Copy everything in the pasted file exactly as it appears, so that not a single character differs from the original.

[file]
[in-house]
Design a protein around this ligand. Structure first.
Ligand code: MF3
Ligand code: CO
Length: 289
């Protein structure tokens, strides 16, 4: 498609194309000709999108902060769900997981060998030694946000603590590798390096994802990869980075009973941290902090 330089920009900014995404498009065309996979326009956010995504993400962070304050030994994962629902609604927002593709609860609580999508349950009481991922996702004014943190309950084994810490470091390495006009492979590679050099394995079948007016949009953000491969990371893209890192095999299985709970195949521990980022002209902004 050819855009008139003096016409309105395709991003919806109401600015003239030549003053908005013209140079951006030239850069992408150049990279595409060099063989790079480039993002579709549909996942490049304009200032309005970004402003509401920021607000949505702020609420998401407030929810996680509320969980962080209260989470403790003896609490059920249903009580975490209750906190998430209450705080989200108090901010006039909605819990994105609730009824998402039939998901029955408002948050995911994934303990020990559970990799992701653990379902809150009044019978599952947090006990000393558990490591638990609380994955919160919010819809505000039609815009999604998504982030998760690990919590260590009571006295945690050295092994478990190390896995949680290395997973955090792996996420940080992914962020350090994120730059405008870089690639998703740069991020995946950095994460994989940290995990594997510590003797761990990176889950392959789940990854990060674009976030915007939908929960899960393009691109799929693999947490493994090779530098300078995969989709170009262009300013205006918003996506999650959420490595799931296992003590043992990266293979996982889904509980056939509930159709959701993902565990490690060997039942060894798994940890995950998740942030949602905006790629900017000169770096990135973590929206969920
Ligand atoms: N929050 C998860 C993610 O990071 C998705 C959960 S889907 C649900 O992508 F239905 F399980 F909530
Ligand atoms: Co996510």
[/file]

[in-house]
Design a protein around this ligand. Structure first.
Ligand code: MF3
Ligand code: CO
Length: 289
């Protein structure tokens, strides 16, 4: 498609194309000709999108902060769900997981060998030694946000603590590798390096994802990869980075009973941290902090 330089920009900014995404498009065309996979326009956010995504993400962070304050030994994962629902609604927002593709609860609580999508349950009481991922996702004014943190309950084994810490470091390495006009492979590679050099394995079948007016949009953000491969990371893209890192095999299985709970195949521990980022002209902004 050819855009008139003096016409309105395709991003919806109401600015003239030549003053908005013209140079951006030239850069992408150049990279595409060099063989790079480039993002579709549909996942490049304009200032309005970004402003509401920021607000949505702020609420998401407030929810996680509320969980962080209260989470403790003896609490059920249903009580975490209750906190998430209450705080989200108090901010006039909605819990994105609730009824998402039939998901029955408002948050995911994934303990020990559970990799992701653990379902809150009044019978599952947090006990000393558990490591638990609380994955919160919010819809505000039609815009999604998504982030998760690990919590260590009571006295945690050295092994478990190390896995949680290395997973955090792996996420940080992914962020350090994120730059405008870089690639998703740069991020995946950095994460994989940290995990594997510590003797761990990176889950392959789940990854990060674009976030915007939908929960899960393009691109799929693999947490493994090779530098300078995969989709170009262009300013205006918003996506999650959420490595799931296992003590043992990266293979996982889904509980056939509930159709959701993902565990490690060997039942060894798994940890995950998740942030949602905006790629900017000169770096990135973590929206969920
Ligand atoms: N929050 C998860 C993610 O990071 C998705 C959960 S889907 C649900 O992508 F239905 F399980 F909530
Ligand atoms: Co996510």